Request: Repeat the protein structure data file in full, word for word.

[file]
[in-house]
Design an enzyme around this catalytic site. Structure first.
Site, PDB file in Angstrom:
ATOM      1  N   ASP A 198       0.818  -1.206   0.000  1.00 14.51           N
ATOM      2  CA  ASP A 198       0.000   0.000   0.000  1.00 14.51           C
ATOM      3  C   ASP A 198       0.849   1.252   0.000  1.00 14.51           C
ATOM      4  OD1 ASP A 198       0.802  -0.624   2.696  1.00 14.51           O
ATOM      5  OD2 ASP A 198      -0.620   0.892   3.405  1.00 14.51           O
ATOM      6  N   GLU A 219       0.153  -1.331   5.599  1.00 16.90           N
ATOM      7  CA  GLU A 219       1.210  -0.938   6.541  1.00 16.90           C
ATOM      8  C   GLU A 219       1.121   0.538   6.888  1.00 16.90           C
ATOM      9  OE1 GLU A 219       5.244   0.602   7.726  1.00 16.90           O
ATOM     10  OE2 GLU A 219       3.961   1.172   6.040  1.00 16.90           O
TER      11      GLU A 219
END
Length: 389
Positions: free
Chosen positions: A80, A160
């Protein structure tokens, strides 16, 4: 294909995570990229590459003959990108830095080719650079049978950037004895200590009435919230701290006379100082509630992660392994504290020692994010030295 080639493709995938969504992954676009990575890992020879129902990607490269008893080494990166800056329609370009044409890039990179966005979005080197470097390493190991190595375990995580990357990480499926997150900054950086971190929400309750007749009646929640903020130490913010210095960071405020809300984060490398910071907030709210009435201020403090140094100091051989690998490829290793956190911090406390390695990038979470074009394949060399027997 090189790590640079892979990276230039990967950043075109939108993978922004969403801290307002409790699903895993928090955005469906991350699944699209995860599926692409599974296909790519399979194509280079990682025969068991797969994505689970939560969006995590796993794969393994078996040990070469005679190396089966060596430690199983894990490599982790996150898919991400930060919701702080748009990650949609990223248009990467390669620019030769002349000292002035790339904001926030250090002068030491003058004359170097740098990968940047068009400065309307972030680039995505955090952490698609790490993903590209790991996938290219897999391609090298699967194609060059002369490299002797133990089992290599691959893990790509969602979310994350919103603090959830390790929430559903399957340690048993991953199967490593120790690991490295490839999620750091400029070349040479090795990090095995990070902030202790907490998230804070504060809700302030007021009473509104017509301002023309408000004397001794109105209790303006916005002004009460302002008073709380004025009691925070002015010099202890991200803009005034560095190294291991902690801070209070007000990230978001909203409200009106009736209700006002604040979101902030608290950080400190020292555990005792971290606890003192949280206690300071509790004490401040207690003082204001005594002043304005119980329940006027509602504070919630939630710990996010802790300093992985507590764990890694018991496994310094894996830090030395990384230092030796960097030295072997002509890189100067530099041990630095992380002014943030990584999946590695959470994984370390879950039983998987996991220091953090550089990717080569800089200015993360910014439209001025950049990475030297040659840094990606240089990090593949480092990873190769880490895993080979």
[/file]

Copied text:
[in-house]
Design an enzyme around this catalytic site. Structure first.
Site, PDB file in Angstrom:
ATOM      1  N   ASP A 198       0.818  -1.206   0.000  1.00 14.51           N
ATOM      2  CA  ASP A 198       0.000   0.000   0.000  1.00 14.51           C
ATOM      3  C   ASP A 198       0.849   1.252   0.000  1.00 14.51           C
ATOM      4  OD1 ASP A 198       0.802  -0.624   2.696  1.00 14.51           O
ATOM      5  OD2 ASP A 198      -0.620   0.892   3.405  1.00 14.51           O
ATOM      6  N   GLU A 219       0.153  -1.331   5.599  1.00 16.90           N
ATOM      7  CA  GLU A 219       1.210  -0.938   6.541  1.00 16.90           C
ATOM      8  C   GLU A 219       1.121   0.538   6.888  1.00 16.90           C
ATOM      9  OE1 GLU A 219       5.244   0.602   7.726  1.00 16.90           O
ATOM     10  OE2 GLU A 219       3.961   1.172   6.040  1.00 16.90           O
TER      11      GLU A 219
END
Length: 389
Positions: free
Chosen positions: A80, A160
């Protein structure tokens, strides 16, 4: 294909995570990229590459003959990108830095080719650079049978950037004895200590009435919230701290006379100082509630992660392994504290020692994010030295 080639493709995938969504992954676009990575890992020879129902990607490269008893080494990166800056329609370009044409890039990179966005979005080197470097390493190991190595375990995580990357990480499926997150900054950086971190929400309750007749009646929640903020130490913010210095960071405020809300984060490398910071907030709210009435201020403090140094100091051989690998490829290793956190911090406390390695990038979470074009394949060399027997 090189790590640079892979990276230039990967950043075109939108993978922004969403801290307002409790699903895993928090955005469906991350699944699209995860599926692409599974296909790519399979194509280079990682025969068991797969994505689970939560969006995590796993794969393994078996040990070469005679190396089966060596430690199983894990490599982790996150898919991400930060919701702080748009990650949609990223248009990467390669620019030769002349000292002035790339904001926030250090002068030491003058004359170097740098990968940047068009400065309307972030680039995505955090952490698609790490993903590209790991996938290219897999391609090298699967194609060059002369490299002797133990089992290599691959893990790509969602979310994350919103603090959830390790929430559903399957340690048993991953199967490593120790690991490295490839999620750091400029070349040479090795990090095995990070902030202790907490998230804070504060809700302030007021009473509104017509301002023309408000004397001794109105209790303006916005002004009460302002008073709380004025009691925070002015010099202890991200803009005034560095190294291991902690801070209070007000990230978001909203409200009106009736209700006002604040979101902030608290950080400190020292555990005792971290606890003192949280206690300071509790004490401040207690003082204001005594002043304005119980329940006027509602504070919630939630710990996010802790300093992985507590764990890694018991496994310094894996830090030395990384230092030796960097030295072997002509890189100067530099041990630095992380002014943030990584999946590695959470994984370390879950039983998987996991220091953090550089990717080569800089200015993360910014439209001025950049990475030297040659840094990606240089990090593949480092990873190769880490895993080979």